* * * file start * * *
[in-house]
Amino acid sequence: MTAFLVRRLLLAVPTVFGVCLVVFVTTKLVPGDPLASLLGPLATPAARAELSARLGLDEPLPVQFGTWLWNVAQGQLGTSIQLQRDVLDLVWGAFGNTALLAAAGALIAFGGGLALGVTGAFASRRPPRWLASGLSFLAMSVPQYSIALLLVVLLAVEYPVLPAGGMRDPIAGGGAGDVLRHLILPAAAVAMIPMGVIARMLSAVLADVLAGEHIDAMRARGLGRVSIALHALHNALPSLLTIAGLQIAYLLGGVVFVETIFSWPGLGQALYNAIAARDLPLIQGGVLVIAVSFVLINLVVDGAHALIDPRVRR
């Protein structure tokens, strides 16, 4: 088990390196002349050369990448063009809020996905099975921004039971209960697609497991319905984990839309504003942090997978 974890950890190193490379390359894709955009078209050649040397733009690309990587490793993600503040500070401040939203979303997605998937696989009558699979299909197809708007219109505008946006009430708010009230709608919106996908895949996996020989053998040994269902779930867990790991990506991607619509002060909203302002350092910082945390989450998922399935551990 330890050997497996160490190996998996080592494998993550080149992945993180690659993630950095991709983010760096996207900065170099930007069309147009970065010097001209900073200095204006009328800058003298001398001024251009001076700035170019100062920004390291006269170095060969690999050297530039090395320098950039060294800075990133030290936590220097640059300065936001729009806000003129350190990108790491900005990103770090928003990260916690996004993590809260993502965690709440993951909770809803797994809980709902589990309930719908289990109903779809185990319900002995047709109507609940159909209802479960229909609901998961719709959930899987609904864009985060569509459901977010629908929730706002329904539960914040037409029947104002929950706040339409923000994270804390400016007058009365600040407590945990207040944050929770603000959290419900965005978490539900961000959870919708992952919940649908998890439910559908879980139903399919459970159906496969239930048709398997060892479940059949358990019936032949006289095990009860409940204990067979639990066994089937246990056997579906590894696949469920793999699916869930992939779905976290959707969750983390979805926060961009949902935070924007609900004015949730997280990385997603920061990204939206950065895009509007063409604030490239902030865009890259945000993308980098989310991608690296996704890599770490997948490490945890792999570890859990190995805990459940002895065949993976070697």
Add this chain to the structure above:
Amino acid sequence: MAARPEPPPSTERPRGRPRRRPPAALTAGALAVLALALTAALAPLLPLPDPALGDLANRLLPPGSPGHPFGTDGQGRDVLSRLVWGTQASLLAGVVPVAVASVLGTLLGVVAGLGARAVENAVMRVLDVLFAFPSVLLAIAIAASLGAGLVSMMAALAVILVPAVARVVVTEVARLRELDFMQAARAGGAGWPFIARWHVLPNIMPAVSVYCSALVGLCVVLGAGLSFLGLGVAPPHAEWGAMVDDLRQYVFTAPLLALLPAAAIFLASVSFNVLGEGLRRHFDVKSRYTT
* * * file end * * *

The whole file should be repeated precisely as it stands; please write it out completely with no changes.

[in-house]
Amino acid sequence: MTAFLVRRLLLAVPTVFGVCLVVFVTTKLVPGDPLASLLGPLATPAARAELSARLGLDEPLPVQFGTWLWNVAQGQLGTSIQLQRDVLDLVWGAFGNTALLAAAGALIAFGGGLALGVTGAFASRRPPRWLASGLSFLAMSVPQYSIALLLVVLLAVEYPVLPAGGMRDPIAGGGAGDVLRHLILPAAAVAMIPMGVIARMLSAVLADVLAGEHIDAMRARGLGRVSIALHALHNALPSLLTIAGLQIAYLLGGVVFVETIFSWPGLGQALYNAIAARDLPLIQGGVLVIAVSFVLINLVVDGAHALIDPRVRR
């Protein structure tokens, strides 16, 4: 088990390196002349050369990448063009809020996905099975921004039971209960697609497991319905984990839309504003942090997978 974890950890190193490379390359894709955009078209050649040397733009690309990587490793993600503040500070401040939203979303997605998937696989009558699979299909197809708007219109505008946006009430708010009230709608919106996908895949996996020989053998040994269902779930867990790991990506991607619509002060909203302002350092910082945390989450998922399935551990 330890050997497996160490190996998996080592494998993550080149992945993180690659993630950095991709983010760096996207900065170099930007069309147009970065010097001209900073200095204006009328800058003298001398001024251009001076700035170019100062920004390291006269170095060969690999050297530039090395320098950039060294800075990133030290936590220097640059300065936001729009806000003129350190990108790491900005990103770090928003990260916690996004993590809260993502965690709440993951909770809803797994809980709902589990309930719908289990109903779809185990319900002995047709109507609940159909209802479960229909609901998961719709959930899987609904864009985060569509459901977010629908929730706002329904539960914040037409029947104002929950706040339409923000994270804390400016007058009365600040407590945990207040944050929770603000959290419900965005978490539900961000959870919708992952919940649908998890439910559908879980139903399919459970159906496969239930048709398997060892479940059949358990019936032949006289095990009860409940204990067979639990066994089937246990056997579906590894696949469920793999699916869930992939779905976290959707969750983390979805926060961009949902935070924007609900004015949730997280990385997603920061990204939206950065895009509007063409604030490239902030865009890259945000993308980098989310991608690296996704890599770490997948490490945890792999570890859990190995805990459940002895065949993976070697």
Add this chain to the structure above:
Amino acid sequence: MAARPEPPPSTERPRGRPRRRPPAALTAGALAVLALALTAALAPLLPLPDPALGDLANRLLPPGSPGHPFGTDGQGRDVLSRLVWGTQASLLAGVVPVAVASVLGTLLGVVAGLGARAVENAVMRVLDVLFAFPSVLLAIAIAASLGAGLVSMMAALAVILVPAVARVVVTEVARLRELDFMQAARAGGAGWPFIARWHVLPNIMPAVSVYCSALVGLCVVLGAGLSFLGLGVAPPHAEWGAMVDDLRQYVFTAPLLALLPAAAIFLASVSFNVLGEGLRRHFDVKSRYTT